Flight Safety Australia magazine
In May 2014, CASA's magazine Flight Safety Australia was relaunched as an application for iPad and Android tablet computers. In addition, a new weekly news site, available online for all devices, was introduced.
Flight Safety Australia strives to communicate aviation safety information in an engaging style for all readers, in a variety of formats, regardless of whether they are new to aviation or seasoned professionals. Topics covered in 2013-14 included aviation medicine, the risk profiles of business aviation and low-cost airlines, dangerous goods, and an examination of the effects of hypoxia, for which a reporter was subjected to cognitive function tests at a simulated altitude of 25,000 feet. A video of the reporter's responses was one of several specifically produced for Flight Safety Australia. Many other stories linked to CASA video productions and campaigns.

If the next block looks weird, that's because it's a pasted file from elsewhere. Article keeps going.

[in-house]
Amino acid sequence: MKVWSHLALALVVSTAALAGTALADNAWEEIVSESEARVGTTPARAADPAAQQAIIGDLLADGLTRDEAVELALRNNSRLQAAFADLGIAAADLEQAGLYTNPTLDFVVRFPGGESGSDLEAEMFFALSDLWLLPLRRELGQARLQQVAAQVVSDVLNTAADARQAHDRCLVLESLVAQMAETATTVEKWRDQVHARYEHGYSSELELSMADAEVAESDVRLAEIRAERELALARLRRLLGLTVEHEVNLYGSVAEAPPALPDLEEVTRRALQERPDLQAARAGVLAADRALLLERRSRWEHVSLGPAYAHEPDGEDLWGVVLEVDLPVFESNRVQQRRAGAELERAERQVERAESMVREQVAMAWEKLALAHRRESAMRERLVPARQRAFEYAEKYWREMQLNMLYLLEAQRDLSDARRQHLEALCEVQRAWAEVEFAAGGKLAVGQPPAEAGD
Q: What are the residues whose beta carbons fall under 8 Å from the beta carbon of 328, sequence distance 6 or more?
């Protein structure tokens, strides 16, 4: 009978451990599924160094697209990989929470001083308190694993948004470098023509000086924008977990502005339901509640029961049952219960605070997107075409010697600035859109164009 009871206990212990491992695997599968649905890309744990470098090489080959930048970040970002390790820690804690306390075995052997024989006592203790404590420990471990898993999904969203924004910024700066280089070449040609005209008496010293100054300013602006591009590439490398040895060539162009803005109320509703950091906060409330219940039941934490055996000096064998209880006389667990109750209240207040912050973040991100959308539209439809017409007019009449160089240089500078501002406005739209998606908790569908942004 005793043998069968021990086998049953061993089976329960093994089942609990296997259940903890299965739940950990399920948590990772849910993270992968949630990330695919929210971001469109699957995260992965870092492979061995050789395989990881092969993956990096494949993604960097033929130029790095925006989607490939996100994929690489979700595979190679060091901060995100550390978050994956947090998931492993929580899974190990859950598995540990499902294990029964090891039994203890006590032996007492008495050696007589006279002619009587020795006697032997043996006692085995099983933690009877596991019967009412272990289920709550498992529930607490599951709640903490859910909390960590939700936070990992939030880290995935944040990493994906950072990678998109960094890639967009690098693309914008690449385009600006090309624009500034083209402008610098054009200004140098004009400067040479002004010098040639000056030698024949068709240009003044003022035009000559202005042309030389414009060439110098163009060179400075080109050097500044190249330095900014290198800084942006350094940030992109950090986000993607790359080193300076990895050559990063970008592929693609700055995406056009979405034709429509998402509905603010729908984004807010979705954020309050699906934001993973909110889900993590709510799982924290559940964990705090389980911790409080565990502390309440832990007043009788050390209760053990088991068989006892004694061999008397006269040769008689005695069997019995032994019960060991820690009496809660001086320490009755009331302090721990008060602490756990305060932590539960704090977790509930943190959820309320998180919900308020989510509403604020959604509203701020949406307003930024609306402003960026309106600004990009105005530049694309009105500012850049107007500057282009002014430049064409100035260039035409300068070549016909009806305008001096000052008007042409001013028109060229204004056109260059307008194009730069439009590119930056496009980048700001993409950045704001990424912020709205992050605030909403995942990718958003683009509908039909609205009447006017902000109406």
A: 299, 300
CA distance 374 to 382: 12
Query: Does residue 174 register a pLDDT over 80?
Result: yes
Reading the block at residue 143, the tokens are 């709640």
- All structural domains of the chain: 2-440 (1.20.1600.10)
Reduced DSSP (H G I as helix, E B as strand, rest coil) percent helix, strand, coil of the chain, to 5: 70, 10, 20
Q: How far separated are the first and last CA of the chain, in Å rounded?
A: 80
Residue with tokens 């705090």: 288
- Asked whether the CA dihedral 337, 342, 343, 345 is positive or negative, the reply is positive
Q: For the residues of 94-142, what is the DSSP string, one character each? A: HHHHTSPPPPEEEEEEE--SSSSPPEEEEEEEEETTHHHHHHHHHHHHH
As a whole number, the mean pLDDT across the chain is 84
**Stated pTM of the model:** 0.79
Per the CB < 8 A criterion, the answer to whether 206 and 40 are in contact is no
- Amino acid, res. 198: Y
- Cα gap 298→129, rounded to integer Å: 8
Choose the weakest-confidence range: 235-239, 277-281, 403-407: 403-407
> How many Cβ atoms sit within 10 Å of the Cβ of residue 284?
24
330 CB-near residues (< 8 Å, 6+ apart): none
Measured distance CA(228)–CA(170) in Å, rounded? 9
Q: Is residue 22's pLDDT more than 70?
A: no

Flight Safety Australia's efforts were recognised at the 2013 National Aviation Press Club awards. A story on human factors in aircraft maintenance titled 'The error of our ways' was runner-up for online story of the year and also received a high commendation for technical story of the year.
The aviation press club awards focus on aviation media in Australia and New Zealand and include entries from titles such as the Australian Financial Review and Sun-Herald newspapers as well as Australian Aviation and Aero Australia magazines.
Read the highly commended story at www.casa.gov.au/FSA091